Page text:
Neuropeptides are found in the central and peripheral nervous system, where they act as signaling molecules involved in endocrine functions, regulation of reproduction and feeding, learning and memory, and pain perception. Neuropeptides are expressed in vivo as large precursor peptides (prepropeptides). Subsequently, they undergo multistep posttranslational modifications in the cell, such as enzymatic digestion and amidation, to become mature peptides with physiological activity. Although the general maturation process of neuropeptides has been extensively studied, many aspects still remain unveiled because of the extremely small amounts of intermediary metabolites. MS is a very effective tool for tracing the maturation process of endogenous neuropeptides; however, the direct analysis of the processing products of large peptides having sizes of several kDa is difficult. Particularly challenging is the detection of a trace amount of non-amidated peptides in the presence of amidated peptides because their molecular weights differ by only 1 Da. During our studies on the maturation process of neuropeptide Y (NPY), by combining a pretreatment such as two-step gel filtration chromatography with nano-liquid chromatography (LC)/ultrahigh-resolution Orbitrap MS, we found that a small amount of non-amidated NPY-COOH is present in the mouse brain, which suggests that cathepsin L, a digestive enzyme that generates NPY-COOH, also functions here. We plan to examine metabolic peptides in detail to reveal the regulation of the neuropeptide production process and the physiological roles of minor metabolic peptides.

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Schematic procedure for the detection of a minor component. Total ion chromatography (TIC) indicates that an extract from mouse brain contains numerous molecules even after two-step gel filtration.Among the peaks observed in the TIC chromatogram, that of the target substance is selected using the defined mass number as an indicator. Its structure is confirmed using ultrahigh-resolution MS/MS.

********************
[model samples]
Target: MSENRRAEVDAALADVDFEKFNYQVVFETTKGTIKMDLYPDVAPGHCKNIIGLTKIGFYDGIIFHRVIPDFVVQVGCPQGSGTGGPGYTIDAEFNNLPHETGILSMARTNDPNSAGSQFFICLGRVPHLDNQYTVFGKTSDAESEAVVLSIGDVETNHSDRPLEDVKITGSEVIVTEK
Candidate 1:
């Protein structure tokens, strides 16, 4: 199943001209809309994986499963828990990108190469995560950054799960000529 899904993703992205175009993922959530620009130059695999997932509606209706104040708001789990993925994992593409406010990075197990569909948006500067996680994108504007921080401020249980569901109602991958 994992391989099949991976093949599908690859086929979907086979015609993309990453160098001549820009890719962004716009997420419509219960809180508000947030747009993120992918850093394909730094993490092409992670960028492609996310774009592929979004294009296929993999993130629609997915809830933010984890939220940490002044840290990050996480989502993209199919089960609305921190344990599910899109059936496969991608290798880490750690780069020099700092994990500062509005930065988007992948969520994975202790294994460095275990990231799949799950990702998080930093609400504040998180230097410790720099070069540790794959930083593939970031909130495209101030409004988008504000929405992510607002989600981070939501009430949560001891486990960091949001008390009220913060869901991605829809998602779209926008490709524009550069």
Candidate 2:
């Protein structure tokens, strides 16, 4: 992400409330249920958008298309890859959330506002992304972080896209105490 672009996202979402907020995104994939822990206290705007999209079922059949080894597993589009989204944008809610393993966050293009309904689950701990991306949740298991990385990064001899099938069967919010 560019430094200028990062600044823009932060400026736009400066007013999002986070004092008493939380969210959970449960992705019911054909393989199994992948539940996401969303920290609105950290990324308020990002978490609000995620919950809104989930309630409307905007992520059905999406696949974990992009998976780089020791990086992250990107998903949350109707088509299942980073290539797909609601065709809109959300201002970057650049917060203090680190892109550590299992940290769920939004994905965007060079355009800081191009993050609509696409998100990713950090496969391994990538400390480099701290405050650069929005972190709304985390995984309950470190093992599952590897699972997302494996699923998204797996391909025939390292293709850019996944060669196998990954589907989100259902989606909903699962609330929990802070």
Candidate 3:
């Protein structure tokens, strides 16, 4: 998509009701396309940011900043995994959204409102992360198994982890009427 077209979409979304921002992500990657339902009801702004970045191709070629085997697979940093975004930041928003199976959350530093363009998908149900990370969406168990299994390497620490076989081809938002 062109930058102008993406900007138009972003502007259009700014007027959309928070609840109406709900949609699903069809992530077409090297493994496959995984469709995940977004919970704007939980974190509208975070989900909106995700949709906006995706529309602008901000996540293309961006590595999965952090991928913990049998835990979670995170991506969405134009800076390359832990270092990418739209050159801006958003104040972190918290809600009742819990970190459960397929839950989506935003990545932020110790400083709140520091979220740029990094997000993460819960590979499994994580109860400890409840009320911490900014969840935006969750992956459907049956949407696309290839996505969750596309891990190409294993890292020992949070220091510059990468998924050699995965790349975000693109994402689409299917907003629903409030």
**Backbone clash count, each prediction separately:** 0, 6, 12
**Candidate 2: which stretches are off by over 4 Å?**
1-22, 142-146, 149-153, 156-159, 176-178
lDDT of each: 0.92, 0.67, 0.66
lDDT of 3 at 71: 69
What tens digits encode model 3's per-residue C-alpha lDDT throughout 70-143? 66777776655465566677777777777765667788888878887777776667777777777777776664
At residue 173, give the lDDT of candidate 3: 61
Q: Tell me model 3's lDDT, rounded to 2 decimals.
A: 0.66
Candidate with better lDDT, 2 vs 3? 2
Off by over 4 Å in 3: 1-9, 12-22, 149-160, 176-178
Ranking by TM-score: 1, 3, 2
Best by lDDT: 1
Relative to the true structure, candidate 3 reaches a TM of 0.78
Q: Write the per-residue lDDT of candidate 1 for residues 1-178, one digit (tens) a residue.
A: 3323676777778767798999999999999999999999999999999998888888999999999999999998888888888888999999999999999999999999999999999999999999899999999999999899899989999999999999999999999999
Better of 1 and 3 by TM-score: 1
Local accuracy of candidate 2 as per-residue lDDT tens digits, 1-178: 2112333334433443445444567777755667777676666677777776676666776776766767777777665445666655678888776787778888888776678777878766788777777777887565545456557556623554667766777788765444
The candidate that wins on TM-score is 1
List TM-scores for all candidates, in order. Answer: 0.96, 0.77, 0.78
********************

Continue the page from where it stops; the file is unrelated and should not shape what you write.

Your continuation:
3. Elucidation of the Action Mechanisms of Lipid-related Molecules in the Presence of Biomembranes

 All organisms have biomembranes, in which membrane proteins are responsible for the exchange of compounds and communication between cells. Although biomembranes are basically composed of a phospholipid bilayer, their compositions vary with the type of organelles or species. In addition to simple phospholipids, biomembranes also contain various conjugated lipids, such as glycolipids, as minor components.

 The biological significance and roles of minor components remain poorly understood because the limitations of molecular biological approaches have hampered the elucidation of their functions. Thus, we have investigated the roles of lipidated biomolecules in biomembranes serving as specific reaction fields in biological events using both bioorganic chemical and physicochemical approaches.

Mechanisms of Chaperone- and Enzyme-like Activities of a Glycolipid

 We previously identified MPIase (membrane protein integrase) as a novel glycolipid that is essential for membrane protein integration into the inner membrane of Escherichia coli. MPIase contains a glycan moiety consisting of approximately 10 repeating trisaccharide units and a pyrophospholipid. Because MPIase is the first known glycolipid that acts like an enzyme, we proposed the new term “glycolipozyme” to refer to this type of glycolipid. We studied the mechanism of the chaperone- and enzyme-like activities of MPIase. To date, our results can be summarized as follows:

 (1) We successfully synthesized the minimal structure (mini-MPIase-3) required for MPIase to exhibit membrane integration activity. Additionally, we synthesized various MPIase analogs and identified the functional groups involved in the membrane integration activity by conducting structure-activity relationship studies.